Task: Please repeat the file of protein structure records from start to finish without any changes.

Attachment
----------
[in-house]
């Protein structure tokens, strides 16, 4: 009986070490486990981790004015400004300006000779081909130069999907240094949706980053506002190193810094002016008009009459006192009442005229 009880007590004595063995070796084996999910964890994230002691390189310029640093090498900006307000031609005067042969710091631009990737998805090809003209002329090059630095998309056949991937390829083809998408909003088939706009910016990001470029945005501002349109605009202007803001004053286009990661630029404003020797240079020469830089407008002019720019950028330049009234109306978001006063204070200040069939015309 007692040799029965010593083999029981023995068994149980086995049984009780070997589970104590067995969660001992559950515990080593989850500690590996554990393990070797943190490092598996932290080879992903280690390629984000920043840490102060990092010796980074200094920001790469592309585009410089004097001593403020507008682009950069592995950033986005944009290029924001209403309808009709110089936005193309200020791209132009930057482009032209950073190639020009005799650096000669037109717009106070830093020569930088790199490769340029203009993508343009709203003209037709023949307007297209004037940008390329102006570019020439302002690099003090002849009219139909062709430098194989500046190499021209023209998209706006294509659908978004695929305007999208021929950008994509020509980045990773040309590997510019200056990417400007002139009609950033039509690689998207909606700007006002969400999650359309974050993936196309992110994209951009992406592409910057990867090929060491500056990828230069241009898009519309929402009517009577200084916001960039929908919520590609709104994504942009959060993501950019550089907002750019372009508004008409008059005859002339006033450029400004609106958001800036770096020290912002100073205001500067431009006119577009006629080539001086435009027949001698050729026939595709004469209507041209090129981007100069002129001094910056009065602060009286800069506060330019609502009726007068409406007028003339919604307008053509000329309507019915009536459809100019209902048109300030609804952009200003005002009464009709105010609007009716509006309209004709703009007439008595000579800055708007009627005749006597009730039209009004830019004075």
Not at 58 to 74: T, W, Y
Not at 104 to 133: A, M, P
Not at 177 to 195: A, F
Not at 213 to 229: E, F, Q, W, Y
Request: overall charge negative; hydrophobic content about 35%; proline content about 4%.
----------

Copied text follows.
[in-house]
């Protein structure tokens, strides 16, 4: 009986070490486990981790004015400004300006000779081909130069999907240094949706980053506002190193810094002016008009009459006192009442005229 009880007590004595063995070796084996999910964890994230002691390189310029640093090498900006307000031609005067042969710091631009990737998805090809003209002329090059630095998309056949991937390829083809998408909003088939706009910016990001470029945005501002349109605009202007803001004053286009990661630029404003020797240079020469830089407008002019720019950028330049009234109306978001006063204070200040069939015309 007692040799029965010593083999029981023995068994149980086995049984009780070997589970104590067995969660001992559950515990080593989850500690590996554990393990070797943190490092598996932290080879992903280690390629984000920043840490102060990092010796980074200094920001790469592309585009410089004097001593403020507008682009950069592995950033986005944009290029924001209403309808009709110089936005193309200020791209132009930057482009032209950073190639020009005799650096000669037109717009106070830093020569930088790199490769340029203009993508343009709203003209037709023949307007297209004037940008390329102006570019020439302002690099003090002849009219139909062709430098194989500046190499021209023209998209706006294509659908978004695929305007999208021929950008994509020509980045990773040309590997510019200056990417400007002139009609950033039509690689998207909606700007006002969400999650359309974050993936196309992110994209951009992406592409910057990867090929060491500056990828230069241009898009519309929402009517009577200084916001960039929908919520590609709104994504942009959060993501950019550089907002750019372009508004008409008059005859002339006033450029400004609106958001800036770096020290912002100073205001500067431009006119577009006629080539001086435009027949001698050729026939595709004469209507041209090129981007100069002129001094910056009065602060009286800069506060330019609502009726007068409406007028003339919604307008053509000329309507019915009536459809100019209902048109300030609804952009200003005002009464009709105010609007009716509006309209004709703009007439008595000579800055708007009627005749006597009730039209009004830019004075």
Not at 58 to 74: T, W, Y
Not at 104 to 133: A, M, P
Not at 177 to 195: A, F
Not at 213 to 229: E, F, Q, W, Y
Request: overall charge negative; hydrophobic content about 35%; proline content about 4%.